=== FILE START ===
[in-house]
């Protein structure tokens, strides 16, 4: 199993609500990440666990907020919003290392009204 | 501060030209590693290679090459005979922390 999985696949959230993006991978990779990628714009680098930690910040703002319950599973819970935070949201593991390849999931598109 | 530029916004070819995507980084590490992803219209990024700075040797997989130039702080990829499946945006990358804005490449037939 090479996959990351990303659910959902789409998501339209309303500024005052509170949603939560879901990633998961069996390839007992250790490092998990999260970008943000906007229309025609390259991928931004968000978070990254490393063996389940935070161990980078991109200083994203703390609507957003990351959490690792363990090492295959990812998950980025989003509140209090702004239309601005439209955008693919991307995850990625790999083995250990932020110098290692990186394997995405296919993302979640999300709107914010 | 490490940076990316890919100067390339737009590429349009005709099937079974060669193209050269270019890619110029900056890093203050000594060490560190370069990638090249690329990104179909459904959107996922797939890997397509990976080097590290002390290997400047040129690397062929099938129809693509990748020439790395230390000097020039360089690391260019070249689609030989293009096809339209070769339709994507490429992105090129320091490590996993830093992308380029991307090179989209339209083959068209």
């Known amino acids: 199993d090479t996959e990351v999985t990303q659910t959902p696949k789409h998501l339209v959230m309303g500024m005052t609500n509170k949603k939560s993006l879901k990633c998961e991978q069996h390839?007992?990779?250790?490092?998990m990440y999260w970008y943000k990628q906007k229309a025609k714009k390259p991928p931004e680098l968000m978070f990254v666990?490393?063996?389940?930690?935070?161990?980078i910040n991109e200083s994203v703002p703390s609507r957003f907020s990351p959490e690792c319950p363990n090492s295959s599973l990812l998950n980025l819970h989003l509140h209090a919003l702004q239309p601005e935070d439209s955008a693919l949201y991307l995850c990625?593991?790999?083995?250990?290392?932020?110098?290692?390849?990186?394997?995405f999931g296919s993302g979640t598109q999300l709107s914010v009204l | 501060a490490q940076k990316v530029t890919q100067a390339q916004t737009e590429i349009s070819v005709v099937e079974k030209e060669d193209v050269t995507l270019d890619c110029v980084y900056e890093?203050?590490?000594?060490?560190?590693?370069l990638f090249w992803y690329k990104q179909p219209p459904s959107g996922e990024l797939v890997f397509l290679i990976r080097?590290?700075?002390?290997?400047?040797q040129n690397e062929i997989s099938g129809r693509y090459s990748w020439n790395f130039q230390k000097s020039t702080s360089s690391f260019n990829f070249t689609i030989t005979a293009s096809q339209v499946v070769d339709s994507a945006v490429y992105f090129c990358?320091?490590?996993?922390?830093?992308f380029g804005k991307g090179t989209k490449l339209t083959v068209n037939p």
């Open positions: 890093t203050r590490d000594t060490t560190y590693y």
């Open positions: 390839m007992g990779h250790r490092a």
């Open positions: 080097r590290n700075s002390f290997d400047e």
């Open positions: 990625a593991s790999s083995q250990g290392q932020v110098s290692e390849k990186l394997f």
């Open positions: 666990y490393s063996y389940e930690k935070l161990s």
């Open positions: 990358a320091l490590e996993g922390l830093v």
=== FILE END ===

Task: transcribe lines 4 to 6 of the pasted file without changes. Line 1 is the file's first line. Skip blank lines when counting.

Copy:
């Open positions: 890093t203050r590490d000594t060490t560190y590693y």
């Open positions: 390839m007992g990779h250790r490092a």
């Open positions: 080097r590290n700075s002390f290997d400047e």